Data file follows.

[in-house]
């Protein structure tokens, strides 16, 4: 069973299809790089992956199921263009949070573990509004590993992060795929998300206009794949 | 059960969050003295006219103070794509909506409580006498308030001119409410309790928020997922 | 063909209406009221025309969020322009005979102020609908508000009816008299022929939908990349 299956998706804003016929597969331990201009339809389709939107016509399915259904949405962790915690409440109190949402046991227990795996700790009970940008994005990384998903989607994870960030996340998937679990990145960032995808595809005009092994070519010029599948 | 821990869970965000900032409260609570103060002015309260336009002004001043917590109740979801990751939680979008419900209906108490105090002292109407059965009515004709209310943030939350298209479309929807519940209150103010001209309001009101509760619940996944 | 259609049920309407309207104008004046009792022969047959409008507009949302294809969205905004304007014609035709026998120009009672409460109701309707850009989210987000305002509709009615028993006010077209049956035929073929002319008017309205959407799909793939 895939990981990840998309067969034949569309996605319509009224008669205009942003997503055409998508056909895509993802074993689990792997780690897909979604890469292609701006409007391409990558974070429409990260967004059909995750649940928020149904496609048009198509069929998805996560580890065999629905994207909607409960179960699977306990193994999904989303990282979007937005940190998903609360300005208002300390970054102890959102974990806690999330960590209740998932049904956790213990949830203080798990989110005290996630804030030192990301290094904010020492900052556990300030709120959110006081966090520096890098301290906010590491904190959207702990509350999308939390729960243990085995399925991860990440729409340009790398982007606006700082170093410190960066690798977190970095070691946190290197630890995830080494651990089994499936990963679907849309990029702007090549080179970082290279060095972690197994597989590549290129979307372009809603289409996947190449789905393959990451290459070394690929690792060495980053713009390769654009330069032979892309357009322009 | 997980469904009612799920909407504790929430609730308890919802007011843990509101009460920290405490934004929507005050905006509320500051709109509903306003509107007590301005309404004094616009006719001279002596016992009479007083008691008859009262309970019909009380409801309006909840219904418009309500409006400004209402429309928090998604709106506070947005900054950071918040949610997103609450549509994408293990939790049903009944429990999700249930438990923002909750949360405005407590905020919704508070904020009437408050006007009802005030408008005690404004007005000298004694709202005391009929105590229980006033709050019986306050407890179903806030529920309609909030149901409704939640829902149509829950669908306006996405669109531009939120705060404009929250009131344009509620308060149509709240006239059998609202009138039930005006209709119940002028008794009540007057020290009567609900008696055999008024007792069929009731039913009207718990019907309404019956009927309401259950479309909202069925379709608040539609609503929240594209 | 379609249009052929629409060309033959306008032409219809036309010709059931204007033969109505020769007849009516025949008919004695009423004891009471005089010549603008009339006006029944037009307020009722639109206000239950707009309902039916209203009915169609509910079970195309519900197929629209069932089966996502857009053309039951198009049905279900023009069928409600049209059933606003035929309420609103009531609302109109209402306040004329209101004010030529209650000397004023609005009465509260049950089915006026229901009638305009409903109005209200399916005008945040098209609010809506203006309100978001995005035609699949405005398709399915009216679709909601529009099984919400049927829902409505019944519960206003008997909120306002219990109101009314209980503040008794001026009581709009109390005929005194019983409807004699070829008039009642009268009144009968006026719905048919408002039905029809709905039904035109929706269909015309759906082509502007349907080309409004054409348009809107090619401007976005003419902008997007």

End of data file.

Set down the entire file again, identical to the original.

[in-house]
């Protein structure tokens, strides 16, 4: 069973299809790089992956199921263009949070573990509004590993992060795929998300206009794949 | 059960969050003295006219103070794509909506409580006498308030001119409410309790928020997922 | 063909209406009221025309969020322009005979102020609908508000009816008299022929939908990349 299956998706804003016929597969331990201009339809389709939107016509399915259904949405962790915690409440109190949402046991227990795996700790009970940008994005990384998903989607994870960030996340998937679990990145960032995808595809005009092994070519010029599948 | 821990869970965000900032409260609570103060002015309260336009002004001043917590109740979801990751939680979008419900209906108490105090002292109407059965009515004709209310943030939350298209479309929807519940209150103010001209309001009101509760619940996944 | 259609049920309407309207104008004046009792022969047959409008507009949302294809969205905004304007014609035709026998120009009672409460109701309707850009989210987000305002509709009615028993006010077209049956035929073929002319008017309205959407799909793939 895939990981990840998309067969034949569309996605319509009224008669205009942003997503055409998508056909895509993802074993689990792997780690897909979604890469292609701006409007391409990558974070429409990260967004059909995750649940928020149904496609048009198509069929998805996560580890065999629905994207909607409960179960699977306990193994999904989303990282979007937005940190998903609360300005208002300390970054102890959102974990806690999330960590209740998932049904956790213990949830203080798990989110005290996630804030030192990301290094904010020492900052556990300030709120959110006081966090520096890098301290906010590491904190959207702990509350999308939390729960243990085995399925991860990440729409340009790398982007606006700082170093410190960066690798977190970095070691946190290197630890995830080494651990089994499936990963679907849309990029702007090549080179970082290279060095972690197994597989590549290129979307372009809603289409996947190449789905393959990451290459070394690929690792060495980053713009390769654009330069032979892309357009322009 | 997980469904009612799920909407504790929430609730308890919802007011843990509101009460920290405490934004929507005050905006509320500051709109509903306003509107007590301005309404004094616009006719001279002596016992009479007083008691008859009262309970019909009380409801309006909840219904418009309500409006400004209402429309928090998604709106506070947005900054950071918040949610997103609450549509994408293990939790049903009944429990999700249930438990923002909750949360405005407590905020919704508070904020009437408050006007009802005030408008005690404004007005000298004694709202005391009929105590229980006033709050019986306050407890179903806030529920309609909030149901409704939640829902149509829950669908306006996405669109531009939120705060404009929250009131344009509620308060149509709240006239059998609202009138039930005006209709119940002028008794009540007057020290009567609900008696055999008024007792069929009731039913009207718990019907309404019956009927309401259950479309909202069925379709608040539609609503929240594209 | 379609249009052929629409060309033959306008032409219809036309010709059931204007033969109505020769007849009516025949008919004695009423004891009471005089010549603008009339006006029944037009307020009722639109206000239950707009309902039916209203009915169609509910079970195309519900197929629209069932089966996502857009053309039951198009049905279900023009069928409600049209059933606003035929309420609103009531609302109109209402306040004329209101004010030529209650000397004023609005009465509260049950089915006026229901009638305009409903109005209200399916005008945040098209609010809506203006309100978001995005035609699949405005398709399915009216679709909601529009099984919400049927829902409505019944519960206003008997909120306002219990109101009314209980503040008794001026009581709009109390005929005194019983409807004699070829008039009642009268009144009968006026719905048919408002039905029809709905039904035109929706269909015309759906082509502007349907080309409004054409348009809107090619401007976005003419902008997007």